I should have known better than to wear those shoes.
But I was going to a conference in Atlanta for women-owned businesses, and I knew that the women would all be wearing fashionable, high-heeled shoes. My North Georgia casual-comfortable Keens would not cut it in that crowd.
Instead I wore some black shoes that had heels and are moderately stylish. I had the forethought to realize that I didn’t want to walk to the train station in them (15 minutes+), so I drove to the station.
Hadn’t thought about the fact that those four minutes at the other end – which turned out to be 10 – walking from the station to the conference, would be on city sidewalks in 90-degree heat. By the time I got to the conference, my little toes were badly blistered and I could hardly walk.
I managed to get through registration and find a seat. But all through the morning of presentations, I was distracted by the pain in my feet. I couldn’t take off my shoes, though I eased them away from my toes.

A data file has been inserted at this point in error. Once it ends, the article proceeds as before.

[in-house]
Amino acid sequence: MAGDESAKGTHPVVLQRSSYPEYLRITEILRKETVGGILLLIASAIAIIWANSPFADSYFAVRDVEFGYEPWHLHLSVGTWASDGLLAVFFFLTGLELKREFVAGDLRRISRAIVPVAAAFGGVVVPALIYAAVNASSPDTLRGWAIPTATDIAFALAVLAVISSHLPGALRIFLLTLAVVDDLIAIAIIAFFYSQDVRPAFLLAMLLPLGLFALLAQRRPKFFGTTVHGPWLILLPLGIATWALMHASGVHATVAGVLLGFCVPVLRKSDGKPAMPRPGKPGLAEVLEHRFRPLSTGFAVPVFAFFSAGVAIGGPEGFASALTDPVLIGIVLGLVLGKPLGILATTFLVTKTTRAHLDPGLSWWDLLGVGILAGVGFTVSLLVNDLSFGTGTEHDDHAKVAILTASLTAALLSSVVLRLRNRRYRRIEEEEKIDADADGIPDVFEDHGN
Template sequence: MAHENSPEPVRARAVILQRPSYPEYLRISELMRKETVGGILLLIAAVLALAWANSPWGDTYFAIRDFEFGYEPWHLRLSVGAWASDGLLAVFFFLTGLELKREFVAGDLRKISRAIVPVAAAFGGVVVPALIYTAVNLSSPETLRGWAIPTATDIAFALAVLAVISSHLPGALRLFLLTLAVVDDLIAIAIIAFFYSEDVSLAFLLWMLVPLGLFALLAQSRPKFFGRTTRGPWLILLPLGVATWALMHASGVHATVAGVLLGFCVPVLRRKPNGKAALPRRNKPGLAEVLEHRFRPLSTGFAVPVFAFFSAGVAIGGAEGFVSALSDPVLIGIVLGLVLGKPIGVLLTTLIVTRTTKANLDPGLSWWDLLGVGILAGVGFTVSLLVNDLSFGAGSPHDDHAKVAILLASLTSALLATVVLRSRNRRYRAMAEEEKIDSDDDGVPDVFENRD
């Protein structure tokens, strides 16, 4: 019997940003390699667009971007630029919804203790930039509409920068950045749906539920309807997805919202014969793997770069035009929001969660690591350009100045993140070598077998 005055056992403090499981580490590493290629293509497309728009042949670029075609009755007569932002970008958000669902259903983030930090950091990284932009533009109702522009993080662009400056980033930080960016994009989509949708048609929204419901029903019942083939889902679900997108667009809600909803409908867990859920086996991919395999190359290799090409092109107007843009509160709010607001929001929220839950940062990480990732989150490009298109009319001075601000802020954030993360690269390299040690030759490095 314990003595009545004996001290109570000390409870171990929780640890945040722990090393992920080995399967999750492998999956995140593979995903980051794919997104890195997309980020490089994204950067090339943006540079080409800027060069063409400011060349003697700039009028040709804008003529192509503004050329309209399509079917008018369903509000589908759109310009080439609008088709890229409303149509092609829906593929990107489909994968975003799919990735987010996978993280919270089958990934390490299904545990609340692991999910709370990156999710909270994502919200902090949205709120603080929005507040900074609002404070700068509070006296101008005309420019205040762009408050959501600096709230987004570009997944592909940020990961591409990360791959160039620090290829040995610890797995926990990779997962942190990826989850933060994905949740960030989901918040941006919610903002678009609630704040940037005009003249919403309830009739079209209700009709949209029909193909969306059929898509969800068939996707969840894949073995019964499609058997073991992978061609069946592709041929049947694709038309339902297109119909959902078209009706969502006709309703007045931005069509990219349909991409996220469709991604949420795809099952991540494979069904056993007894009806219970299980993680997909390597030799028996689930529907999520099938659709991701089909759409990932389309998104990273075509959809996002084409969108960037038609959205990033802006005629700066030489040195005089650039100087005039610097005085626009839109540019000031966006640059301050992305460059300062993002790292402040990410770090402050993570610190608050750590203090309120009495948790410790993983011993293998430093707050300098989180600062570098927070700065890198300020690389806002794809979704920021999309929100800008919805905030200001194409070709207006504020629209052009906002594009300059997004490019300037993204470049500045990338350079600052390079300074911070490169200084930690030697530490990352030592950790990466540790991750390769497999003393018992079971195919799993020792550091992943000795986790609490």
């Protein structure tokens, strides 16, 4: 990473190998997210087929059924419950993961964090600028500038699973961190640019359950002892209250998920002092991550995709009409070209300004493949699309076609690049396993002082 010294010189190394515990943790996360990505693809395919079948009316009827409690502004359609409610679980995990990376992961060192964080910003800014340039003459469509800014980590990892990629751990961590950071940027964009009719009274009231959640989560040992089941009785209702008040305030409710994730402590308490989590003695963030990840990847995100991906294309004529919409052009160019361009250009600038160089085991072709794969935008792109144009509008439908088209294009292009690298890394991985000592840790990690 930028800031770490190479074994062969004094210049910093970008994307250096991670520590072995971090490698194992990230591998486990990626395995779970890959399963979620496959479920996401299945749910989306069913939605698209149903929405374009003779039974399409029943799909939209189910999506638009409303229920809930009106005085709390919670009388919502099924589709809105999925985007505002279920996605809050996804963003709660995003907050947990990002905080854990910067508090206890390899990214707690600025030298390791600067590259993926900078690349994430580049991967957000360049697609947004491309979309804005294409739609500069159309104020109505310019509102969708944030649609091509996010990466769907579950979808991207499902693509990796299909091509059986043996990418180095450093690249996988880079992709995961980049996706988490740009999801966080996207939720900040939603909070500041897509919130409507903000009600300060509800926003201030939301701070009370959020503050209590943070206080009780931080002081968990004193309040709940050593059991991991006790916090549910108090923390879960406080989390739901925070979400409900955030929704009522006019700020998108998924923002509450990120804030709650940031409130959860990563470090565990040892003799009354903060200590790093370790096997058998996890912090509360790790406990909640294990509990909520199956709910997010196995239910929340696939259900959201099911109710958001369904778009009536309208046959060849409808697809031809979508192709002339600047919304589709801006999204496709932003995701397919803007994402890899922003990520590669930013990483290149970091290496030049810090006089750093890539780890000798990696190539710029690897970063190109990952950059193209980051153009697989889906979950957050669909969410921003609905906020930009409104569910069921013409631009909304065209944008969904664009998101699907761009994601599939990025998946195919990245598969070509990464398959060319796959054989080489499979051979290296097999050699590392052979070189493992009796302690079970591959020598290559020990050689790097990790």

I was equally distracted looking at the shoes of the other women. Incredible high heels, pointy pumps, all lovely and carefully matched to their outfits.
That pain was about feeling out of place. It’s an effort for me to wear makeup and dress up because I work from home; I’m not used to it.
But also because, long ago, I decided that you attract the kind of attention you advertise for, and wearing tight dresses and heels and lots of makeup only got me attention I didn’t want.
There were other women at the conference wearing sensible shoes. And no one there, I am sure, would have said, “EW! I’m not doing business with her, she’s wearing flats!”
At 56, you would think I’d know myself well enough to say, “To hell with uncomfortable shoes. This is a conference where I don’t need to impress anyone. I’m going to wear comfortable shoes.”
Next time, I swear, I will do that.
Meanwhile, I had to leave the conference and go to a shoe store (not on foot – thank goodness for Über) so that I could buy a pair of shoes that would get me through the day.
I picked this penny for today because it is tarnished – and it’s a 2015, which should be bright and shiny. Like a promising day tarnished by a dumb decision.